Although the manager never saw this man at the apartment complex again, the manager was also a meter reader for South Jersey Water Supply Company. In March 1985 he went to a house to read the meter and recognized the man as well as his blue and white Chevy which was parked in the driveway. The manager further testified that on August 23, 1985, he returned to this man's house to read his meter and to make a positive identification of him for the police.
Based on this information and the boys' description of the sexual games that they played with Fat Boy (known to them also as Fat Billy),*fn2 defendant Tod Davis was questioned and photographed by the police. G.C. selected defendant's photograph from an array of eight pictures.*fn3 M.S. chose another picture from the same array, but J., another little boy who alleged sexual abuse, also identified defendant.*fn4
At trial, G.C. once again identified defendant's photograph from the array, although the prosecutor never asked him to make an in-court identification.*fn5 G.C. said that defendant was Fat Boy, the man with whom he had played at the frog pond and the haunted house. However, G.C. was not able to describe any of the games they played. M.S., on the other hand, made an incorrect identification,*fn6 but testified that when it had been warm outside, he and Fat Boy played a game called "dick-dick" which involved "[t]ouching each other, and you take off clothes and you suck peepees." M.S. originally testified that he only played with Fat Boy alone; however, he later stated that G.C. played with them at the frog pond.
Also testifying regarding identification were the apartment manager, the defendant and the defendant's wife. The manager made both an in-court and an out-of-court photo identification, as well as an in-court identification, of defendant as the person he saw at the apartment complex and at defendant's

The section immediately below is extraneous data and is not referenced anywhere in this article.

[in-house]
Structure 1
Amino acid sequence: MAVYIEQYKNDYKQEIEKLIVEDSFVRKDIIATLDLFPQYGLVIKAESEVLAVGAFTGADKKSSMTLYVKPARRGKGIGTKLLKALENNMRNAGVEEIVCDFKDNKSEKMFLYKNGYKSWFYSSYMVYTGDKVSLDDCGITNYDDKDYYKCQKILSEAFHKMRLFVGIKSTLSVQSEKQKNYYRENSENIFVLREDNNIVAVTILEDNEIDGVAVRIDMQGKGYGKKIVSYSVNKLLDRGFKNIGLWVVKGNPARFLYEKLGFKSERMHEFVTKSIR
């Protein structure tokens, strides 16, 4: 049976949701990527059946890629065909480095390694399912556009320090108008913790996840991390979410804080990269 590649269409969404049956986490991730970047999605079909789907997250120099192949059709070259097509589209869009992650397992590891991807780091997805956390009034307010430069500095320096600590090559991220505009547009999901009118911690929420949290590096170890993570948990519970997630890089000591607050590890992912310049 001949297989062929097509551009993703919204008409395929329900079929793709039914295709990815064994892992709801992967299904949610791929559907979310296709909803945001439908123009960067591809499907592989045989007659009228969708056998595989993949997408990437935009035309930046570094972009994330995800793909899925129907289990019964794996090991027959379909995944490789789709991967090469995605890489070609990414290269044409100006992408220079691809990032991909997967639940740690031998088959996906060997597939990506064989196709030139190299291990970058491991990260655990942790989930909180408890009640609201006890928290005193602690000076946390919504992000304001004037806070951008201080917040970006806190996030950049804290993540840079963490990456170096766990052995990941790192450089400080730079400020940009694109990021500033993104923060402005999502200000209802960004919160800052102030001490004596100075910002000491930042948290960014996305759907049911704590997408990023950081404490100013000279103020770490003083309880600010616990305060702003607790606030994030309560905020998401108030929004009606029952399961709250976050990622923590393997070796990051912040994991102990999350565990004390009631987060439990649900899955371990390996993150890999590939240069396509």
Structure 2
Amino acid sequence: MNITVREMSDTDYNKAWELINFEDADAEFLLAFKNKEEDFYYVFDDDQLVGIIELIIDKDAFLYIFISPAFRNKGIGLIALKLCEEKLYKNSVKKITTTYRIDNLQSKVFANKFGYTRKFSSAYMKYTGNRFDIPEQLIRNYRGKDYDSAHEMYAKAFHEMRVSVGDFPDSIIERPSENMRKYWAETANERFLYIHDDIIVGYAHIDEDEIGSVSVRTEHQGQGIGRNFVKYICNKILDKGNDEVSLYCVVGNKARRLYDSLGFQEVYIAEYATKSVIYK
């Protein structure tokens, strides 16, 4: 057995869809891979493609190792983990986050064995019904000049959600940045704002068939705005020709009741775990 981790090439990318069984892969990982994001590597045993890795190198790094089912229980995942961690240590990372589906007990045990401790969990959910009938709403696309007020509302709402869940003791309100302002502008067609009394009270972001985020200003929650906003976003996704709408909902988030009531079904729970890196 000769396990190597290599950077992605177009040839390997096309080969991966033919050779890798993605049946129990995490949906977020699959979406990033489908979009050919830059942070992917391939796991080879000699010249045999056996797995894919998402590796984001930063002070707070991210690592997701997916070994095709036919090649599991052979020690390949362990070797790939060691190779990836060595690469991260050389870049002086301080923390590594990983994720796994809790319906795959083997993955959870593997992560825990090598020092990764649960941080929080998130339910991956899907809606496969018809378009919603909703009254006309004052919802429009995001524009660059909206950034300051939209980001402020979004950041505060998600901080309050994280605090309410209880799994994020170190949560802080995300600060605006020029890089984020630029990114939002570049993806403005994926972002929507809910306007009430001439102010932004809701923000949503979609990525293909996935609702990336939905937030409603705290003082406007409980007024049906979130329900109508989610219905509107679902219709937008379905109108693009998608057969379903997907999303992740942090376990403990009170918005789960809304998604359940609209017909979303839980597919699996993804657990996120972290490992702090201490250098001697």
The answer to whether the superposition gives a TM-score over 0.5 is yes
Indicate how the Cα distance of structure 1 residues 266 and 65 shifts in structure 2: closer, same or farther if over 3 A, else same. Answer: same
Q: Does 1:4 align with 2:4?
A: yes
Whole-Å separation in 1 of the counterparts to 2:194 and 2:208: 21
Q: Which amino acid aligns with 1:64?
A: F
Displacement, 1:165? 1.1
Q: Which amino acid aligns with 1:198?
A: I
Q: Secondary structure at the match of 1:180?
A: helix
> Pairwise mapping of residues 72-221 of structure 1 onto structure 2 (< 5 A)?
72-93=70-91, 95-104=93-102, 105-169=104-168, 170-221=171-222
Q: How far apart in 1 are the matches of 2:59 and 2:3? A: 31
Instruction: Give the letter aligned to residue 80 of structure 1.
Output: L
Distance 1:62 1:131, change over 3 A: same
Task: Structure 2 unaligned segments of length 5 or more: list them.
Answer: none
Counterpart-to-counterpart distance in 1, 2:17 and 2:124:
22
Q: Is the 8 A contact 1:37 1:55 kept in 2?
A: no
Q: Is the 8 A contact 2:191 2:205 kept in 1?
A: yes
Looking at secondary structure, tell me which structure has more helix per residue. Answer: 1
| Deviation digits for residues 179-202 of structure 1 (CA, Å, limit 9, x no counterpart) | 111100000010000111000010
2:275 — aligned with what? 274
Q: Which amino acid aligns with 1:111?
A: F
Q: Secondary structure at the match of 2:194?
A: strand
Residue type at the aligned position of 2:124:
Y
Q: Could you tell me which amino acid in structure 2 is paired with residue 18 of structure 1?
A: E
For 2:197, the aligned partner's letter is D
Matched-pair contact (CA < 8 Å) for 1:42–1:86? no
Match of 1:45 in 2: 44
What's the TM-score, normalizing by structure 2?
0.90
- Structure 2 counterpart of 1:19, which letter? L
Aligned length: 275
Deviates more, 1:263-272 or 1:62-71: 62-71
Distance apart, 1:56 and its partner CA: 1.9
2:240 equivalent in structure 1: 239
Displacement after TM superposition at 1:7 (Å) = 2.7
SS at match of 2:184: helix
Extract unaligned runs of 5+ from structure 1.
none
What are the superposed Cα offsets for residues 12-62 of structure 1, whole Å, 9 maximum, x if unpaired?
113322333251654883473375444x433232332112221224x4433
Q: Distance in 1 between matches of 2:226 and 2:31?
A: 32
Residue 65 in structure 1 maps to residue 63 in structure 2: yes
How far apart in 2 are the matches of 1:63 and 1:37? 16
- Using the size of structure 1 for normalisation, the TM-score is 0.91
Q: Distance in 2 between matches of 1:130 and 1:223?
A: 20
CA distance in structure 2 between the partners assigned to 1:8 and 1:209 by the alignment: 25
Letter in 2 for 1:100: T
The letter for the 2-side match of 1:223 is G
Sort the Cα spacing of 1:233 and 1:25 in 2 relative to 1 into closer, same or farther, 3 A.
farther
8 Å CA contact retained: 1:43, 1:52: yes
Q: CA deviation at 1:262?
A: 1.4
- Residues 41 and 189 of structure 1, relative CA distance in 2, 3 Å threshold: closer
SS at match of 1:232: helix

home. The description the manager gave to the police of the man known to him as "Billy" was that he was chubby with red hair and a red beard.
Defendant testified that he had been laid off from the nuclear power plant in mid-March 1985 until the summer of 1985 during which time he stayed at his home in Pennsgrove helping his wife prior to and after the birth of their baby in late April. Defendant admitted that the manager had asked him to leave the apartment complex when he went to visit Donna Baxter; however, defendant contended that he told the manager that his name was Tod Davis and not Bill. Both defendant and his wife testified that the manager could not have returned to their home on August 23, 1985 to make a positive identification of defendant for the police, because the couple moved at the end of July. Defendant testified that he was not familiar with the haunted house, the frog pond or any of the children.
Defendant raises the following five points on this appeal:
The trial court erred in ruling that both victims were competent to testify.
The trial court erred in denying defense counsel's motion for a judgment of acquittal.
The jury's verdicts were against the weight of ...